Two years after Hurricane Maria devastated Puerto Rico, left millions of residents without food and basic resources, and killed thousands, 16.5 million full, unused water bottles were found on farmland in Puerto Rico, according to a reporter for CBS. Photos of the bottles taken by news agency AFP have raised questions as to why the bottles weren’t given to Puerto Ricans who desperately needed water in the wake of the storm.
The Federal Emergency Management Agency (FEMA) confirmed on July 29 that the bottles were meant for hurricane victims but expired and were unusable. A FEMA spokesperson declined to respond to the Hill’s request for comment on why the bottles were permitted to expire and said the matters are “under review by the legal department.”
The bottles were sent to Puerto Rico in 2017 in support of Hurricane Maria and were placed in a FEMA warehouse in anticipation of being needed for future disaster responses, a FEMA spokesperson told Global Citizen.
“In response to Hurricane Maria, over 120 million liters of bottled and bulk water were distributed; however, a surplus of water on the island remained,” the spokesperson said. “Our pre-existing inventory of bottled water had a two-year shelf life and while some of the residual water was able to be used in preparation for the 2018 hurricane season, going into the 2019 season, a lot of it was nearing or past its shelf life.”
The government agency is required to offload bottled water within 120 days of its expiration date. All surplus water is posted on the General Services Administration website for excess transfer, donation and then sale to other federal agencies, state governments, local agencies, and non-profits, the spokesperson said.
“As responsible stewards of taxpayer dollars, FEMA attempts to do this in the least costly way possible — both on the front end when purchasing perishable commodities in preparation for and response to disasters, as well as when disposing of excess items," the spokesperson said.
In April 2019, FEMA entered a contractual agreement with Puerto Rico Drilling & Supply’s, Inc. to dispose of the water, and on April 9 the company started taking the bottles for disposition and recycling, the spokesperson said. The water is now being used to irrigate fields, a Puerto Rico Drilling & Supply’s, Inc, a spokesperson told CBS.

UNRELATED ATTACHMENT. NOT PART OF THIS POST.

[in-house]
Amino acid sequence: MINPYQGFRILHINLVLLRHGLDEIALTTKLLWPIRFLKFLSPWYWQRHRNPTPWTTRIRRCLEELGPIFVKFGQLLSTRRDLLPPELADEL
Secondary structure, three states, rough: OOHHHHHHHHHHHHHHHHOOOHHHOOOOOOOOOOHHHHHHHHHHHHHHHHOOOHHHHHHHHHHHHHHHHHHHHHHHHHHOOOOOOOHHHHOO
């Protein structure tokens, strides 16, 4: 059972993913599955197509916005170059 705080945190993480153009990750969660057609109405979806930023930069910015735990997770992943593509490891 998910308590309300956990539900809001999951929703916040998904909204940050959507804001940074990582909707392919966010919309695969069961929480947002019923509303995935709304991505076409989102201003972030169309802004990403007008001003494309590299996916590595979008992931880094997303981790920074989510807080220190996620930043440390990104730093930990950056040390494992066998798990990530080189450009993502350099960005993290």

The situation seems like “a grand mistake,” John Mutter, a professor of earth and environmental sciences of international and public affairs at Columbia University, told Global Citizen.
“It sounds fairly implausible that FEMA would buy that many bottles of water sometime after the event instead of immediately after,” Mutter said.
It’s common for large shipments of bottled water to be delivered in the aftermath of natural disasters that destroy infrastructure, but the timing of when FEMA received the bottles doesn’t line up, Mutter explained.
“Why would you stockpile something that’s going to expire in a couple of months in anticipation of a hurricane that won’t happen for another year?” he asked.
Several actions are underway to improve management of supplies to disaster-affected areas, the FEMA spokesperson explained, including –– minimizing future loss of short life water stock, extending shelf-life of packaged water by purchasing both boxed and canned water with up to a 10-year shelf-life, and increasing bulk water alternatives.
One month after the hurricane hit, 1 million Puerto Ricans didn’t have access to running water, and deaths from water-borne bacteria and disease spiked. A year later, 50% of Puerto Ricans said people in their households still could not get enough water to drink, according to a new Washington Post-Kaiser Family Foundation survey.
With 3 million people living in Puerto Rico, each person on the island could have received roughly five of FEMA’s now-expired water bottles.
This isn’t the first time a massive amount of water meant for Puerto Rico’s residents went to waste. About 20,000 pallets of water bottles shipped to Puerto Rico sat on an airplane runway in 2018 and became too contaminated to drink.
But Puerto Rico’s water crisis runs deeper than Hurricane Maria, according to Mekela Panditharatne, an attorney at the Natural Resources Defense Council. Puerto Rico had the worst drinking water of any state or territory in America before the storm in 2017. Nearly 70% of residents were served by water sources that had tested with unsafe levels of contaminants or water sources that had not been treated by federal standards, she explained.
“The crisis lingers, even today,” Panditharatne told Global Citizen. “The island's largest water and wastewater utility recently found that more than 5,000 facilities still need to be repaired or rebuilt in the wake of the storm. Small water systems have been particularly hard hit, and are in desperate need of an infusion of resources.”
To help prevent sickness and disease on the island, the Water for Puerto Rico Foundation is accepting donations for water filters. The organization Move On is also gathering signatures for its petition asking the United States House of Representatives and Senate to stand with Puerto Rico and ensure all residents have access to clean water and sanitation.
UPDATE Aug. 6, 2019, 12:12 p.m. ET: This post has been updated to include comment from FEMA.